November 2017 : Some 70km North of Copenhagen during the ETF meeting of 2017 my good friend « B » decided to host a small lecture on Western Electric and some of their amazing technology and testing gear at Bell Laboratories. Amazing stuff indeed! During this small lecture we watched a short film in which you can see a Western Electric horn being rolled into the test room, see here https://youtu.be/fyMaqS_rN3s go to minute 2:48.
B is fully aware of my passionate endeavours to recreate the large western electric horns….he faced me, smiled, and said: « You see Tim, this is how they tested the we12a horn, the very same one you make today.’’ Immediately I spotted that this was no we12a! Handcrafting we12a, as I do, makes me very familiar with every detail of that horn. So with total confidence, I said to B, “No that’s no we12a.” B knows how well I know these horns so he didn’t doubt me one second. We watched the film frame by frame, time and time again….indeed no we12a at all…so we agreed this was a remarkable discovery. We ascertained very quickly that it was in fact a solid wood WE15a!
Later research led us to images of this never heard of horn taken by Western Electric for their documentation purposes. Detailed plans helped us understand the history of this very special horn. This is the very 1st 15a made by the same company that made the we12a and the 13a the very same construction method : the joinery work, the wood finish, the wooden brackets. That company is the Talking Machine Company renowned for its gramophones and the all famous credenza. Now these guys actually used the brackets cast for the 12a they made for Western Electric as the serial numbers confirm! It’s pretty certain that only one solid wood 15a is know to have been built, yes, one! Okay the we12a were made in small numbers, but were actually installed in theatres, but only one! And one that we can bet was never installed in any theatre. So actually the only ears that ever heard it were at Bell Labs…the greater public heard the plywood version. A prototype horn indeed!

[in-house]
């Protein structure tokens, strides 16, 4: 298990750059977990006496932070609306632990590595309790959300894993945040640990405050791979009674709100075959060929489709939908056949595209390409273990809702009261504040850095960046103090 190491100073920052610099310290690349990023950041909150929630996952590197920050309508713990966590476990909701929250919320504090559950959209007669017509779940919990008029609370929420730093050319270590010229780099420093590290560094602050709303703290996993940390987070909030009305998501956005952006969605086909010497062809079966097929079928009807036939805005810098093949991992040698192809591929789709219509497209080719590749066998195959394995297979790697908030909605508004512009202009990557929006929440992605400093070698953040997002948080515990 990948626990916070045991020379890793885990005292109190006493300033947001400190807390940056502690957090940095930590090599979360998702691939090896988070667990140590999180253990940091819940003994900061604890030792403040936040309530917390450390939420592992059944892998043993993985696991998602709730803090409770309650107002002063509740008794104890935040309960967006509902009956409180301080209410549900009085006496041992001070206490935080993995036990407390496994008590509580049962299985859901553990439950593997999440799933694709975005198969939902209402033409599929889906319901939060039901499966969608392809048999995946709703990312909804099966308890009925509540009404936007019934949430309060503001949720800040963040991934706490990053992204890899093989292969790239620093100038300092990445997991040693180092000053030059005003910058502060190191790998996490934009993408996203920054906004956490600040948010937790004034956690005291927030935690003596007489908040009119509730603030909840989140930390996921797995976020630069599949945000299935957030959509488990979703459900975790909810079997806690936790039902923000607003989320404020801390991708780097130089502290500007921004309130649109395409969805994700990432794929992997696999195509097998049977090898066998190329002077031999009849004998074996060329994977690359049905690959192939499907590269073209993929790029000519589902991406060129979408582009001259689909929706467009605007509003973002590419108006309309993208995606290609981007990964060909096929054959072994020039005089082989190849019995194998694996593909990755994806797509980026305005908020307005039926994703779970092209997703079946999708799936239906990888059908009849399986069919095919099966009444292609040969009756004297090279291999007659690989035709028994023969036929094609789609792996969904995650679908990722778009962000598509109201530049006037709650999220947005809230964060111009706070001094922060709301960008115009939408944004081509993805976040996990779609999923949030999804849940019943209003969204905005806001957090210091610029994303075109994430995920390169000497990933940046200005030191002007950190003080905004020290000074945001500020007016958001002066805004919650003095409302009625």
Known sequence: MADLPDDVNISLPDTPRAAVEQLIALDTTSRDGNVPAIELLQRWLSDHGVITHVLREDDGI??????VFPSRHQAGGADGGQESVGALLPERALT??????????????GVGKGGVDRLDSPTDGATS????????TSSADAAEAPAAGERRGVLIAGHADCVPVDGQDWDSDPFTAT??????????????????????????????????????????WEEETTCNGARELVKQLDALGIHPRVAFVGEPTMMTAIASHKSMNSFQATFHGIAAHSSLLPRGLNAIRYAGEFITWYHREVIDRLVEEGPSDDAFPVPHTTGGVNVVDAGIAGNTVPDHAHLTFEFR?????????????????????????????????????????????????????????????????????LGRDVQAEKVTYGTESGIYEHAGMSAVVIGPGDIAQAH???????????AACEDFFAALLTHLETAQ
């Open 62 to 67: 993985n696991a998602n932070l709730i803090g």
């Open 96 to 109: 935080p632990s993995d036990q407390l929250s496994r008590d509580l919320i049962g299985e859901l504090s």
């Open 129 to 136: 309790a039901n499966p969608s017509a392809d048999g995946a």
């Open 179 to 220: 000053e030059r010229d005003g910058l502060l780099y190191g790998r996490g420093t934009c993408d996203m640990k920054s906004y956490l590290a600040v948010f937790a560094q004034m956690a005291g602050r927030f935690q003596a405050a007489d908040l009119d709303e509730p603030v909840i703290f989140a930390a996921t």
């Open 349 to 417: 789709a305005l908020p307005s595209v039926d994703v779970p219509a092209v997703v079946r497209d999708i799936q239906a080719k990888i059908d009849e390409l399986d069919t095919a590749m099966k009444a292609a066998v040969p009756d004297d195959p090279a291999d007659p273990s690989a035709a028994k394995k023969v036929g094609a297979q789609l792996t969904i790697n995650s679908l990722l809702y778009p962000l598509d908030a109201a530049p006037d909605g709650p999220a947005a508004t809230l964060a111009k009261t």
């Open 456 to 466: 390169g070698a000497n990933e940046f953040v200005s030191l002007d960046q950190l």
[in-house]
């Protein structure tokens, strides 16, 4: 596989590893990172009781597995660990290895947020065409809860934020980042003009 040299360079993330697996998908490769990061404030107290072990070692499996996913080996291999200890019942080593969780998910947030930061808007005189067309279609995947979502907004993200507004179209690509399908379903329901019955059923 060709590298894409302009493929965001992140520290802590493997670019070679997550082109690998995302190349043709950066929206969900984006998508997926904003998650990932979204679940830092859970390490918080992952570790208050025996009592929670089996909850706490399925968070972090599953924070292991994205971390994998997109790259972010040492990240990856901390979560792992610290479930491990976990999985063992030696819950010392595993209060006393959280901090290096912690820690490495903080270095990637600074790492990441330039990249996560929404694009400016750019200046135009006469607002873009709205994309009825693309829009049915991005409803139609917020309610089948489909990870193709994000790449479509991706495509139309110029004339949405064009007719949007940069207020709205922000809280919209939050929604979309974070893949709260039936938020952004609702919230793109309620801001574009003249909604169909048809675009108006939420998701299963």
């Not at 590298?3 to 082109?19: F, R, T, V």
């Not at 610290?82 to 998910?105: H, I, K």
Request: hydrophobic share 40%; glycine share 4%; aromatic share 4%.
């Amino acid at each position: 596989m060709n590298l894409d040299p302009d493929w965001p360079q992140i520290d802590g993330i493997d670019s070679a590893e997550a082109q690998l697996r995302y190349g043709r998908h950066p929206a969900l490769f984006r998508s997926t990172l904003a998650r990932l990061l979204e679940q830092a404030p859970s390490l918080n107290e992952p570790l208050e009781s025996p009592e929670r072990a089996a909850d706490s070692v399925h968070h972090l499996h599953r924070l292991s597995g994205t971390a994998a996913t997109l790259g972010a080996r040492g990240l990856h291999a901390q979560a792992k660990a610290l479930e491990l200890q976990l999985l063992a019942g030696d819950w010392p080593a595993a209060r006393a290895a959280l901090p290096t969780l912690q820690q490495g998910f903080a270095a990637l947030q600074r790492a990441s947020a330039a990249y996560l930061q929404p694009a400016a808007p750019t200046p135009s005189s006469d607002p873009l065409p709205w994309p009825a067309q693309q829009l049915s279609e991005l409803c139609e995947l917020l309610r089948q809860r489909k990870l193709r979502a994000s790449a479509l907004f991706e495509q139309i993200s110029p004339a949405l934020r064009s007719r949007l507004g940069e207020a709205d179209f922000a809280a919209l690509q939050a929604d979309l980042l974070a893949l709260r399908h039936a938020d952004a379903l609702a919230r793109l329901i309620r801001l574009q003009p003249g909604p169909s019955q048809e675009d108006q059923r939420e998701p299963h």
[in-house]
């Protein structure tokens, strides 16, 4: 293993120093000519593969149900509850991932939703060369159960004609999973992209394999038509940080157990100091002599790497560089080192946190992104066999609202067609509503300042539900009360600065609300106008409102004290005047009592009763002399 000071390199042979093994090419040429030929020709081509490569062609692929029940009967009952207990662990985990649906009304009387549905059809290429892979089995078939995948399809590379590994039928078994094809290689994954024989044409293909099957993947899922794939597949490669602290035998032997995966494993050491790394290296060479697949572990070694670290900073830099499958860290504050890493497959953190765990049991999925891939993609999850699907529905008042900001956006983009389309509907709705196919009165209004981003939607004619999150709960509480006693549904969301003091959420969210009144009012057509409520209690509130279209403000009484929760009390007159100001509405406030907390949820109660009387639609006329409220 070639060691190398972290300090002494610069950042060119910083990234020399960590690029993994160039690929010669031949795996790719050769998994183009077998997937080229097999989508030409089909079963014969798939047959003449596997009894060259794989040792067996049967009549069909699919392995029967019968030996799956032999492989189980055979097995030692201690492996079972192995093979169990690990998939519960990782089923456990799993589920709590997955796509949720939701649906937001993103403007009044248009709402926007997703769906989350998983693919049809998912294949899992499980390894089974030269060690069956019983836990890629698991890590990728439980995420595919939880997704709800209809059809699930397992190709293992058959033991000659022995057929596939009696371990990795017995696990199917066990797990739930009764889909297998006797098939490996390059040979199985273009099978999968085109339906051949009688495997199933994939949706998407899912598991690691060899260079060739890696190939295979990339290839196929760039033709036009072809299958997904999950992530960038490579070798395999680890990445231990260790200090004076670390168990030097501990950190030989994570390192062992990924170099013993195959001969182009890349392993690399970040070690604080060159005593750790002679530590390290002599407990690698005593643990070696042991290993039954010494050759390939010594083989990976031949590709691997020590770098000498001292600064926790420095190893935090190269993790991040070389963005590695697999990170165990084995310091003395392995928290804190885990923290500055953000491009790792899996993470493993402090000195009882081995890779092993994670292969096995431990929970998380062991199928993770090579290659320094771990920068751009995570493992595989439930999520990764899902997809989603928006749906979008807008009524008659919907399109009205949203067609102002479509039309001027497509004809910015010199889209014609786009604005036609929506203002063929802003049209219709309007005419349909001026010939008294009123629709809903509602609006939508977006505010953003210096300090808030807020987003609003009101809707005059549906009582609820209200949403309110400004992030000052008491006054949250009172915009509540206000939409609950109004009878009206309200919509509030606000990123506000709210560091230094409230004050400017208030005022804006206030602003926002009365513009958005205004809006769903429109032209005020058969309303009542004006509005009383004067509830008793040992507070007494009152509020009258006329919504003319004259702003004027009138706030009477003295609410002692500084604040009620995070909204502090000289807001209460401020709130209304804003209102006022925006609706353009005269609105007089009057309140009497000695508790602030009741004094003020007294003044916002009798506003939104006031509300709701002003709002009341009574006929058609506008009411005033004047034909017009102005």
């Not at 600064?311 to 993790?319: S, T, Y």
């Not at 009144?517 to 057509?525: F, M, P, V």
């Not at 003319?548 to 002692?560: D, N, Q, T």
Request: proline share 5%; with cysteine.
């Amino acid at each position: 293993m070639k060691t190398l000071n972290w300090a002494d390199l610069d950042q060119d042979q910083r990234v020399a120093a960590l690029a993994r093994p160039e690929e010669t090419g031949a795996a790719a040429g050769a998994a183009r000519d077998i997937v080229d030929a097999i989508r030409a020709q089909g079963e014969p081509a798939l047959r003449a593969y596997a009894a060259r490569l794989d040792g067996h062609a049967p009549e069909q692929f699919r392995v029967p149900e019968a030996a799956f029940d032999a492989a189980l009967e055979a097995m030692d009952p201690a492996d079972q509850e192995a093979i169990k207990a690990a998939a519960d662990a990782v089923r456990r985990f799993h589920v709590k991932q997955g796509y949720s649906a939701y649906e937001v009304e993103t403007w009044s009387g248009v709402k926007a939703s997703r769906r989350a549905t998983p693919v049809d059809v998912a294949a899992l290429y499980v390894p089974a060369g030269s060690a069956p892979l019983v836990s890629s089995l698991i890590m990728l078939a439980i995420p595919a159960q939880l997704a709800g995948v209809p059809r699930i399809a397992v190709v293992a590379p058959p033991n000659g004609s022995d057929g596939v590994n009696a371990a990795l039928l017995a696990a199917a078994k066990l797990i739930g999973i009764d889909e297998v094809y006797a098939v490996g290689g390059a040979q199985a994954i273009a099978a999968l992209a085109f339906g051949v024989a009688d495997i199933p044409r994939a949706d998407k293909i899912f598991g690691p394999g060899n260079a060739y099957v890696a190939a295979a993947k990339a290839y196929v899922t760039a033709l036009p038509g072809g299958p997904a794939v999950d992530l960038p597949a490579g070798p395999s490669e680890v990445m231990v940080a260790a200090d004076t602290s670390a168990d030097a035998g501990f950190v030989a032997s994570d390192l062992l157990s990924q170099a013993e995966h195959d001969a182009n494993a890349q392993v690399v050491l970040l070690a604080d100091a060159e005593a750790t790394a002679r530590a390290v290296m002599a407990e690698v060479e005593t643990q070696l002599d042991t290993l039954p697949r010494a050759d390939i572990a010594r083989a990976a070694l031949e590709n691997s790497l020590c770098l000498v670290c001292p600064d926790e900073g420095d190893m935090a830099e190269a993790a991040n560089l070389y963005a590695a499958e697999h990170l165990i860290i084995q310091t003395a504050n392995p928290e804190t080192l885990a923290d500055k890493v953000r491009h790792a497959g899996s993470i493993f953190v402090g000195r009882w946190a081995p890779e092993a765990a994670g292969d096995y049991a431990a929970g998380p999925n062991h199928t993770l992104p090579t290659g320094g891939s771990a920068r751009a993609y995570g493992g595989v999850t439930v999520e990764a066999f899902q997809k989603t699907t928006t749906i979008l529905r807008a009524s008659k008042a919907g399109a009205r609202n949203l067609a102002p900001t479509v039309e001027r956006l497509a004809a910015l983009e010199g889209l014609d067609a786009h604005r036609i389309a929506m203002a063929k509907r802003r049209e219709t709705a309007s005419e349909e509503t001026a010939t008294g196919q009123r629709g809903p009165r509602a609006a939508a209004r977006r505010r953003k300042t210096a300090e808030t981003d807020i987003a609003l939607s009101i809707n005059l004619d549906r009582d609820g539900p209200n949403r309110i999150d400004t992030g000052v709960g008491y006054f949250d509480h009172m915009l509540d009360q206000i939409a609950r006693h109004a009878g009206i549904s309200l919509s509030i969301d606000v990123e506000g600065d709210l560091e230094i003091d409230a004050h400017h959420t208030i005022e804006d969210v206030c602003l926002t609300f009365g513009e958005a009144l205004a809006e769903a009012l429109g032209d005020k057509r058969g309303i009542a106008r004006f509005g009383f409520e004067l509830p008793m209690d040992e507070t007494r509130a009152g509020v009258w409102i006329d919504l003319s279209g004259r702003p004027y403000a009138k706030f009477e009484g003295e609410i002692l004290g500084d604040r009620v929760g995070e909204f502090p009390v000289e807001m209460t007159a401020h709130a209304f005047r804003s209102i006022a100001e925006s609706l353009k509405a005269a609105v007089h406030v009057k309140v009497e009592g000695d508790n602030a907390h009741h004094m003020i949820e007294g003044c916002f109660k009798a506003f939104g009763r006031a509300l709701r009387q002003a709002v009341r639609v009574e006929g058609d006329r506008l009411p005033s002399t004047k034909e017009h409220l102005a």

So what happened ? Why did they revert to making the we15a in flimsy plywood given that the solid wood has far better acoustical properties? You know… ”money”, cost, the never fading focus on the profit and loss account. But also the daunting perspective of mass production. Yes the cinema industry with the talkies was rapidly expanding. Production capacities were central to the commercial success, fail to supply would leave a void. And that void would be filled by the competitors. So the talking machine company just couldn’t pump them out fast enough. This was most certainly the thing that crossed the minds at Western Electric. Yes making this horn in plywood costs much less and makes total sense in that world. Material come off the shelf, no planing planks straight and squared, ply can be pre-cut to shape at a rapid rate, no hand made individual small pieces of wood all individually matched…and so on. To build we15a in plywood will take me about 2 days but in solid wood ? More time than that!